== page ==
Location: Adaptive Cropping Systems LaboratoryTitle: Simulation and assessment of planting date and climatic effects on soybean (glycine max l.) yields in Thailand using GLYCIM) Author
Submitted to: Journal of Tropical Agriculture
Publication Type: Peer Reviewed Journal
Publication Acceptance Date: 10/1/2013
Publication Date: 12/15/2013
Publication URL: http://handle.nal.usda.gov/10113/59630
Citation: Lokhande, S., Timlin, D.J., Salokhe, V.M., Reddy, V. 2013. Simulation and assessment of planting date and climatic effects on soybean (glycine max l.) yields in Thailand using GLYCIM. Journal of Tropical Agriculture. 51:30-41. Interpretive Summary: The objective of this study was to evaluate the soybean simulation model, GLYCIM, under tropical environmental conditions for use as an on-farm decision support tool. The model was calibrated and validated using data collected at the Asian Institute of Technology, Bangkok, Thailand. Test plots consisting of various cultivars, soil types, planting dates, and environmental conditions were planted to soybean. The GLYCIM model was found to accurately calculate the crop growth, development, and yield of the plants grown on these plots. Next, a simulation study was conducted to test the model for use as an on-farm decision support tool to optimize the planting date for soybean under a range of geographical locations in Thailand. Simulations were carried out using 37 years of weather data to determine yield variations due to seven planting dates, three soil types, and three cultivars in the Sukhothai and Khonkaen areas in the northern part of Thailand. The results of the simulations indicated that delayed (middle of June to the end of June) planting showed a reduction in yield potential ranging from 7% to 35% due to a shorter growing season and increased water stress. The clay and silt loam soils showed higher yield potential compared to the sandy loam soil. These results confirmed the validity of the soybean model GLYCIM as a reliable on-farm decision support tool to optimize planting date and yields under tropical geographical locations. This information is useful for model users for on-farm decision support, scientists, and extension personnel involved in optimizing soybean yields.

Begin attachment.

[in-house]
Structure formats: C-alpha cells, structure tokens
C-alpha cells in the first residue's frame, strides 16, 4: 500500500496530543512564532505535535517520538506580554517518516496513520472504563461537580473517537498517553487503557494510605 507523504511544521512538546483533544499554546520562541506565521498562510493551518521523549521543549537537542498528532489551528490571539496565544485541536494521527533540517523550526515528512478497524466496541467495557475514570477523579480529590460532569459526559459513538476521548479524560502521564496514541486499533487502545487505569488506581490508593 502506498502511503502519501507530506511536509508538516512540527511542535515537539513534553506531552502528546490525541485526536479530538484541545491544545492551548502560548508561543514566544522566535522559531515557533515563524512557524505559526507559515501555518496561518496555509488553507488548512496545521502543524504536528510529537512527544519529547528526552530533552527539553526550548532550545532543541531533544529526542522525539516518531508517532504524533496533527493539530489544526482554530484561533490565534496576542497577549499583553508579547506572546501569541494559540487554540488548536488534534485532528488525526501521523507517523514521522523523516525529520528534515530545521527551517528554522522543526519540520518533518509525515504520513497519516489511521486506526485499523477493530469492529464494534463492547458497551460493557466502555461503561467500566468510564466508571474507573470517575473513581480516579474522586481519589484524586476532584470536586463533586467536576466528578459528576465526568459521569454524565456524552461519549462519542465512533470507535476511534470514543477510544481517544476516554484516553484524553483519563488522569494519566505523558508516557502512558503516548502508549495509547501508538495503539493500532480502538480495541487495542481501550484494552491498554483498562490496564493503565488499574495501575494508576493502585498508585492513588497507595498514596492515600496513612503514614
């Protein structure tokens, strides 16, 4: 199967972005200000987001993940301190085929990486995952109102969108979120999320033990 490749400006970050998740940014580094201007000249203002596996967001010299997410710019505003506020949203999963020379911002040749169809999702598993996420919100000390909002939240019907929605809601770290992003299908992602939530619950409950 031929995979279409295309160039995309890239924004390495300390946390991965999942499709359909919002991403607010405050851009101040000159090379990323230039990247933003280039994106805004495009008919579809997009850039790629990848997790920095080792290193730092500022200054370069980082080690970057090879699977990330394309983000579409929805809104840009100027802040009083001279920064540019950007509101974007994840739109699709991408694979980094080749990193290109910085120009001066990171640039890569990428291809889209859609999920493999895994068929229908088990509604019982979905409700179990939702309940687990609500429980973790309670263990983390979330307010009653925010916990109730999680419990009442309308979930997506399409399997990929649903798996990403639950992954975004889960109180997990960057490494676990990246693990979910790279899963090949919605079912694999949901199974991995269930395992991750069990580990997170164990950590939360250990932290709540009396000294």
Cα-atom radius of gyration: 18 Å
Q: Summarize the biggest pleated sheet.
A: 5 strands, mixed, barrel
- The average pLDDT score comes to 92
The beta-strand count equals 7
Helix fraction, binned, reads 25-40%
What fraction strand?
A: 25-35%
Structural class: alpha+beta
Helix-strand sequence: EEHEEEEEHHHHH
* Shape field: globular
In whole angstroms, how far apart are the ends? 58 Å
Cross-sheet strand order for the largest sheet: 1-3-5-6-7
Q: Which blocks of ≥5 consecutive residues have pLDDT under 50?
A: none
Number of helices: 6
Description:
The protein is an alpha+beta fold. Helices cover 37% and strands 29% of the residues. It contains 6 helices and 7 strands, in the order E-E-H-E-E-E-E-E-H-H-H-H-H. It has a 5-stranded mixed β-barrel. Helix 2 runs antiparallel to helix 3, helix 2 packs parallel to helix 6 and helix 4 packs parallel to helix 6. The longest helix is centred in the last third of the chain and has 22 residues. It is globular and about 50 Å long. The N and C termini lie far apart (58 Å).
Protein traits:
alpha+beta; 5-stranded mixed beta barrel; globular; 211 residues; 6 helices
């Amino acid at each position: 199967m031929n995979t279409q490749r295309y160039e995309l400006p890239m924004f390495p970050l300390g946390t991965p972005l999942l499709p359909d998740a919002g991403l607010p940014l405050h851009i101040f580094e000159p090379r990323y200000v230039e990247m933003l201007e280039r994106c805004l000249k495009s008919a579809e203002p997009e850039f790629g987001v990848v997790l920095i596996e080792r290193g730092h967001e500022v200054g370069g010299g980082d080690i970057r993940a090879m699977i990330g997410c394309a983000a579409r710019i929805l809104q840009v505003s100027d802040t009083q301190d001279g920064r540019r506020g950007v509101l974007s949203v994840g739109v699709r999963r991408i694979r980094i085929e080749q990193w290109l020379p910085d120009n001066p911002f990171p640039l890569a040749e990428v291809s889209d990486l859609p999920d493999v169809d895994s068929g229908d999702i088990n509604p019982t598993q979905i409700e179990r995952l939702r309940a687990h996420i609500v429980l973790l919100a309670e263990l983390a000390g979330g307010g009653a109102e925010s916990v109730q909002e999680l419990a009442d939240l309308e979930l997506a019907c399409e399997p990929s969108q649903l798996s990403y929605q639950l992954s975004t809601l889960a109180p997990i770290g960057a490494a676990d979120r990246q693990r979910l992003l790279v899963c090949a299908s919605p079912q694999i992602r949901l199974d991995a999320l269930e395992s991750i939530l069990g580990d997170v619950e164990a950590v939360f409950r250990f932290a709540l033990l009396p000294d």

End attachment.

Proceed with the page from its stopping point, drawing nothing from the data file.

Technical Abstract: The soybean model GLYCIM was used to assess soybean yield potential as a function of planting date, soil type and cultivar for growing conditions in northeastern Thailand. A study was conducted at the Asian Institute of Technology (AIT), Pathumthani, Thailand in 2005 to calibrate and validate GLYCIM for Thailand conditions. The study used three planting dates and three cultivars commonly used in Thailand, CM-2, CM-60 and SJ-5. The model validation results indicated a good agreement between simulated and observed data for phenology, growth and yield of soybean, and demonstrated the potential of the model for assessment purposes. Simulations were carried out to determine yield variations due to seven planting dates, three soil types and three cultivars using 37 years of measured weather data for two locations, Sukhothai and Khonkaen in the northern part of Thailand. Delayed (middle of June to end of June) planting showed a reduction in yield potential ranging from 7% to 35% due to a shorter growing season and increased water stress. The clay and silt loam soils showed higher yield potential compared to the sandy loam soil. There were no differences among the three cultivars and no significant interaction of cultivar with planting date or soil.